Failure to tackle Omicron ‘chaos’ may keep children away from school longer, union says

Pupils wearing masks
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Delaying action until vaccination can take hold may keep children away from the classroom “longer” in the long term, a school leaders’ union has warned.


Paul Whiteman, general secretary of school leaders’ union NAHT, has said it is already “chaos” in some schools following the emergence of the Omicron variant of coronavirus.

His warning came after health secretary Sajid Javid said he could not guarantee schools would not close again due to the pandemic. Asked on LBC whether this remained a possibility, Javid said:

I don’t want to see that or any of these kinds of measures. I’m just going to focus on everything else we need to be doing, especially the booster programme.

He added:

I’d say this, if you are asking me for guarantees, I will just say – as the Health Secretary, of course, I’m not the Education Secretary – that there are, when it comes to our fight against this pandemic, there are no guarantees.

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But what we do know that works is, in this case, a booster shot of the vaccine.

It comes after education secretary Nadhim Zahawi said on 12 December that he could not guarantee that in January all schools will be open everywhere.

“Further transmission”

Whiteman said he was “pleased to see” both ministers showing a “bit of realism” over possible school closures. He added:

It is already chaos in some schools as the Omicron wave hits. Delaying action until vaccination can take hold may actually keep children away from school longer in the long term. We would urge the Government to take every safety measure possible while maintaining face-to-face education, in order to avoid longer term school closures.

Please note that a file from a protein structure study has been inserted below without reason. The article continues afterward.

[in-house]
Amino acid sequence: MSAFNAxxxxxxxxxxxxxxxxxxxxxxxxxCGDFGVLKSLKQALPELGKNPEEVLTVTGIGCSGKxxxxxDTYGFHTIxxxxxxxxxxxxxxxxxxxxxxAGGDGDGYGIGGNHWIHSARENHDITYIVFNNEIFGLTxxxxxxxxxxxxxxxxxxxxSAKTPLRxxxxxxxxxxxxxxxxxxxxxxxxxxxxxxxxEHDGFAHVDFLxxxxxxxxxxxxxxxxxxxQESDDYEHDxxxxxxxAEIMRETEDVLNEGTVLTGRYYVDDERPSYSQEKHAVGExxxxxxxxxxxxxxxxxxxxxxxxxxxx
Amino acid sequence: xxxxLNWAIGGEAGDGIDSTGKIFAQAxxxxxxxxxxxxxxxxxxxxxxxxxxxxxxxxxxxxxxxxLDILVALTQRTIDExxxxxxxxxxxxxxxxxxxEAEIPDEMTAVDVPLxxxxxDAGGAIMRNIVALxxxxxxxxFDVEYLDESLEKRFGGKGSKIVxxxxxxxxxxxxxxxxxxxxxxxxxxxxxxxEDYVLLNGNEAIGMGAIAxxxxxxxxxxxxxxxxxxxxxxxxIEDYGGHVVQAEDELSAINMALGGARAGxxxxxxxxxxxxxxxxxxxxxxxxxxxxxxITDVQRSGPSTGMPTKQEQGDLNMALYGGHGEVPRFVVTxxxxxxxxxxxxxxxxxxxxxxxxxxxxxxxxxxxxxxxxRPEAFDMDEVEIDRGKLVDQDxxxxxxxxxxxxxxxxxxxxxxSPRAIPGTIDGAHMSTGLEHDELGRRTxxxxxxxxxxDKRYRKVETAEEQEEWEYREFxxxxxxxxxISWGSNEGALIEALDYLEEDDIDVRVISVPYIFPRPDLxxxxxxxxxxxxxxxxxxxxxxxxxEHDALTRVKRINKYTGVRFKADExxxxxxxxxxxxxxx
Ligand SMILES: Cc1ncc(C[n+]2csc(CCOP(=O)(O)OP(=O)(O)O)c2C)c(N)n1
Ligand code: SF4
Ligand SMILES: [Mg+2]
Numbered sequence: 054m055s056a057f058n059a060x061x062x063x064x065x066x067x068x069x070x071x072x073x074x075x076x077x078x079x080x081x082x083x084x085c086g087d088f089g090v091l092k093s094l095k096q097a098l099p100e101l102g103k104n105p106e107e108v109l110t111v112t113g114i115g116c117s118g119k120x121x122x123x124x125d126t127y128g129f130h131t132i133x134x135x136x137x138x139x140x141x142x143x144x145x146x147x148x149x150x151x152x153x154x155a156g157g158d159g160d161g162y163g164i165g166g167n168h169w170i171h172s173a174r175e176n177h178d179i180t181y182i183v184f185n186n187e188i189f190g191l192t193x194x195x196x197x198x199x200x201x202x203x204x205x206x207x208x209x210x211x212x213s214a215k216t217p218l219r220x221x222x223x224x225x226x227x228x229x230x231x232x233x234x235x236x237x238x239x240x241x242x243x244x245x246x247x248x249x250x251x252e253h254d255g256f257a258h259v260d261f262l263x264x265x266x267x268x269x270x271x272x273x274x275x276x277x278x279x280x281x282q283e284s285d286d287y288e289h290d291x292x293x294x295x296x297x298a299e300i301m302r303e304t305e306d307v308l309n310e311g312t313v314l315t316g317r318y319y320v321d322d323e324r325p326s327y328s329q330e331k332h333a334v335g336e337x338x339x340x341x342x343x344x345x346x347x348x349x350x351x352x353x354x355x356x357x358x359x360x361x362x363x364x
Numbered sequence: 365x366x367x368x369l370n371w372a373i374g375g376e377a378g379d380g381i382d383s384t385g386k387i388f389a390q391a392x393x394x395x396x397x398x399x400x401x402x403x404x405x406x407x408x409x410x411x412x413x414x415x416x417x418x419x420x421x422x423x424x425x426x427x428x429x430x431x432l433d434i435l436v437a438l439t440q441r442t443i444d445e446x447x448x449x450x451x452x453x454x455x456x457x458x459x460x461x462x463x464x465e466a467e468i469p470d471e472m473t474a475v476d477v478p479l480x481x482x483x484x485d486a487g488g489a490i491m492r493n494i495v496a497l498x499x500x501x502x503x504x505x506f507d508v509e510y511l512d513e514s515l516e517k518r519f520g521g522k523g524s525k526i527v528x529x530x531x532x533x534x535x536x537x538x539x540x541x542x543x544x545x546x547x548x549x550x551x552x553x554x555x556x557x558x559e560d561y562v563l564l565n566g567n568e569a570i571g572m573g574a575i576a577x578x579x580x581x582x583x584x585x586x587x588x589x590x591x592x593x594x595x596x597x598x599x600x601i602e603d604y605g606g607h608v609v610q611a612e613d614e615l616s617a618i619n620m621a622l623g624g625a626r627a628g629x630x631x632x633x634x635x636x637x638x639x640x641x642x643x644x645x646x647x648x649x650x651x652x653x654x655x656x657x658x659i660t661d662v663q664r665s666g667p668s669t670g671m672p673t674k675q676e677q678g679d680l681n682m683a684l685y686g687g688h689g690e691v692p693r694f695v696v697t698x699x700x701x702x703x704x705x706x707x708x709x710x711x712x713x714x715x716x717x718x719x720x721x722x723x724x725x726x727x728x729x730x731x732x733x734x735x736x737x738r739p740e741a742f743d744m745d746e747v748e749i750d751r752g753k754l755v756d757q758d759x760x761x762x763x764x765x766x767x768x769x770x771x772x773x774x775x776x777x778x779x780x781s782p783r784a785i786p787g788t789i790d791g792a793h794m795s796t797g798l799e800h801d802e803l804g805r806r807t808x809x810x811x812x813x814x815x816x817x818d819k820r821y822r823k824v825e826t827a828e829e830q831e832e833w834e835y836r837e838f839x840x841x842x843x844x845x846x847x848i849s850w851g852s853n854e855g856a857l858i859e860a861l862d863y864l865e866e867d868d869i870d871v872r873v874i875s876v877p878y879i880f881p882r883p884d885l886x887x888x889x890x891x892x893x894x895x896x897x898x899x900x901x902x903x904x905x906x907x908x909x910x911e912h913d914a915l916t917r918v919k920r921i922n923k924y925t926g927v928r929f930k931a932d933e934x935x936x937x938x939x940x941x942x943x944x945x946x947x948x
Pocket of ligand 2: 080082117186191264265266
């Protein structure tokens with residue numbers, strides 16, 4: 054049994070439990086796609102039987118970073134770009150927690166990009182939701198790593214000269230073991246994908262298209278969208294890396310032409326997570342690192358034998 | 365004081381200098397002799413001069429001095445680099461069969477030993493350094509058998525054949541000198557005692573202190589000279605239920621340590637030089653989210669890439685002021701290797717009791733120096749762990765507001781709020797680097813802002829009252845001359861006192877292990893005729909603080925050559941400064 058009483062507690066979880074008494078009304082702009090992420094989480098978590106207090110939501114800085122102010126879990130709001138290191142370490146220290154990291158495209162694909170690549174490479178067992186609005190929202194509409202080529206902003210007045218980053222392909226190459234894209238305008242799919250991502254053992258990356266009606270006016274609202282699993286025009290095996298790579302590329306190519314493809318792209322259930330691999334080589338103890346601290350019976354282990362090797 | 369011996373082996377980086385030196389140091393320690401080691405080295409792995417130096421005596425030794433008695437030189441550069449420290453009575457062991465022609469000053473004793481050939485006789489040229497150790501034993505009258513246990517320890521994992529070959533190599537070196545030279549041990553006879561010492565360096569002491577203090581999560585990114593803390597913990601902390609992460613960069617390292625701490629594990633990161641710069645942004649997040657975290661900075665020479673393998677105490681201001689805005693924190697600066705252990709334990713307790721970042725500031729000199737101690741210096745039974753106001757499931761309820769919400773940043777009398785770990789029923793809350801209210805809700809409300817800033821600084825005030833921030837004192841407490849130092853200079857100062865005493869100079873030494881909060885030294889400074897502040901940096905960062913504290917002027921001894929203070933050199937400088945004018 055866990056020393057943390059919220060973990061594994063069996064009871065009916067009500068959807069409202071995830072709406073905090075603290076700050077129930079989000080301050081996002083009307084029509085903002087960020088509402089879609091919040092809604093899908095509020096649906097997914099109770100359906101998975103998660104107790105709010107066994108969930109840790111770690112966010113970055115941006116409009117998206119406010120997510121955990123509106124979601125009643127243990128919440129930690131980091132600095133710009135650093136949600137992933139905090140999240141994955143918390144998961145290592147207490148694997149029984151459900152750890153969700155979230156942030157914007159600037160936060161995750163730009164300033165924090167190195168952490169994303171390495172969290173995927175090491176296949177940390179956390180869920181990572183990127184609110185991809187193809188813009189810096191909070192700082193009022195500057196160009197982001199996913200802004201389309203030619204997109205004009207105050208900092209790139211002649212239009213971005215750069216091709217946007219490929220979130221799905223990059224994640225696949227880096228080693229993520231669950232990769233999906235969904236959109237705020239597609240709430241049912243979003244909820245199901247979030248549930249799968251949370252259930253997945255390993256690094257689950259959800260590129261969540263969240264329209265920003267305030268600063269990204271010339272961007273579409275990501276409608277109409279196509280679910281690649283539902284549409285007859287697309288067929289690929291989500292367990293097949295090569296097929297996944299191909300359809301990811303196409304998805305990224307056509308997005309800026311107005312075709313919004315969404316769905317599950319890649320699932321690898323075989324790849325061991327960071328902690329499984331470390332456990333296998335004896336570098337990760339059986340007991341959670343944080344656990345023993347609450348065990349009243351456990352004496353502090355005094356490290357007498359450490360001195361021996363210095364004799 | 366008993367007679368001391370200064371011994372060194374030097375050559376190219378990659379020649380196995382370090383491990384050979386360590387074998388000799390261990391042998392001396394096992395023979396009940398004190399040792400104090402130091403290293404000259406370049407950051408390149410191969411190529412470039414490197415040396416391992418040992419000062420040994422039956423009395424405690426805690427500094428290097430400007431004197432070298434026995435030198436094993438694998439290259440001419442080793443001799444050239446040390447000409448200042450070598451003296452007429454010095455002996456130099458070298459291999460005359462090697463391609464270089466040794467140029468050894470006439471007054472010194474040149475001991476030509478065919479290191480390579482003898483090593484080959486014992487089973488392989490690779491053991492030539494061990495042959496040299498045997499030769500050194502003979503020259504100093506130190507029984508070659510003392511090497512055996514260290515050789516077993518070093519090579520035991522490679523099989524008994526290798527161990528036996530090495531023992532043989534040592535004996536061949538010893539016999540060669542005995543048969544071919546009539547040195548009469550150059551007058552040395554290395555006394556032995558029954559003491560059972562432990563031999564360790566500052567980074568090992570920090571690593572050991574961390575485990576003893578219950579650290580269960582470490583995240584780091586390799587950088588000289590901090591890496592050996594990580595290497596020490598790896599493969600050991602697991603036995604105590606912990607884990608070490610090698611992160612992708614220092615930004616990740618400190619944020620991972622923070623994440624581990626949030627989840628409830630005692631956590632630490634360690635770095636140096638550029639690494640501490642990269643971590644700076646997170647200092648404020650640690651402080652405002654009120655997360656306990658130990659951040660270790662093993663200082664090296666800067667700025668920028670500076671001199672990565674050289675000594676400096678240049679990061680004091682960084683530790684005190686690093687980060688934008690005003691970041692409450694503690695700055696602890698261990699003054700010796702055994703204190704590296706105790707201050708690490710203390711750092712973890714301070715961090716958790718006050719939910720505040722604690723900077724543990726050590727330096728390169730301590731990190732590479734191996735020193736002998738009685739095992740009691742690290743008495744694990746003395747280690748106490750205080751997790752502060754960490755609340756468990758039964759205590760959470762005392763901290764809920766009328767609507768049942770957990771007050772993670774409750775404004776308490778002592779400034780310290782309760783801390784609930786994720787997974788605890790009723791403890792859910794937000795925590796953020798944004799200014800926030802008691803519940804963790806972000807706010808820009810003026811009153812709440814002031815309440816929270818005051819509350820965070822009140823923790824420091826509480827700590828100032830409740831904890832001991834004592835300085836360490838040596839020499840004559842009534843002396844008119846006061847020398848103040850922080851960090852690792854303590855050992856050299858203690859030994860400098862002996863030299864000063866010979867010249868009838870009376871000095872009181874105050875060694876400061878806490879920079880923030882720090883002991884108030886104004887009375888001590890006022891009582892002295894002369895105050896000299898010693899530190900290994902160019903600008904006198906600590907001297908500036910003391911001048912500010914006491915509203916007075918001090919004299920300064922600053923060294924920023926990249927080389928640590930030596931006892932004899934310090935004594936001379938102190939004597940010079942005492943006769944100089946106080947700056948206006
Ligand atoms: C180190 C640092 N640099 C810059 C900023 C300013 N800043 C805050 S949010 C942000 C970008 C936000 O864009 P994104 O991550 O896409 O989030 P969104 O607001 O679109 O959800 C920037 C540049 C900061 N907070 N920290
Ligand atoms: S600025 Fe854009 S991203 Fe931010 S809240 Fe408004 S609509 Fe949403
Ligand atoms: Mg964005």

Infection rates in schools have been growing unabated for a long time. Simply relying on the fact that children tend to suffer less from the virus is not good enough. We have to account for further transmission too.

The Government must act now to deliver ventilation solutions, sensible and effective isolation protocols, and lift the unnecessary pressure of inspection and other bureaucratic burdens. That way we can concentrate on keeping children where they should be.

Whiteman added:

School leaders and their teams have been working tirelessly to keep children in school. They are the very last to want to see schools close.

Speaking on the BBC’s The Andrew Marr Show on 12 December, Zahawi said the government does not have plans “at the moment” to vaccinate primary school-aged children.

Geoff Barton, general secretary of the Association of School and College Leaders (ASCL), said:

It’s impossible to rule out school closures and a return to remote education because nobody has a crystal ball which allows them to foresee how the Omicron variant will impact education and wider society.

All we can say with any certainty is that everybody involved in education is doing everything possible to keep things going under extremely difficult circumstances.

What we may see is schools periodically having to close or send home year groups, for short periods of time, because of unsustainable levels of staff and pupil absence, or on public health advice.

This has already been happening during the course of this term and there could be more of this if the Omicron variant means that there is more disruption.

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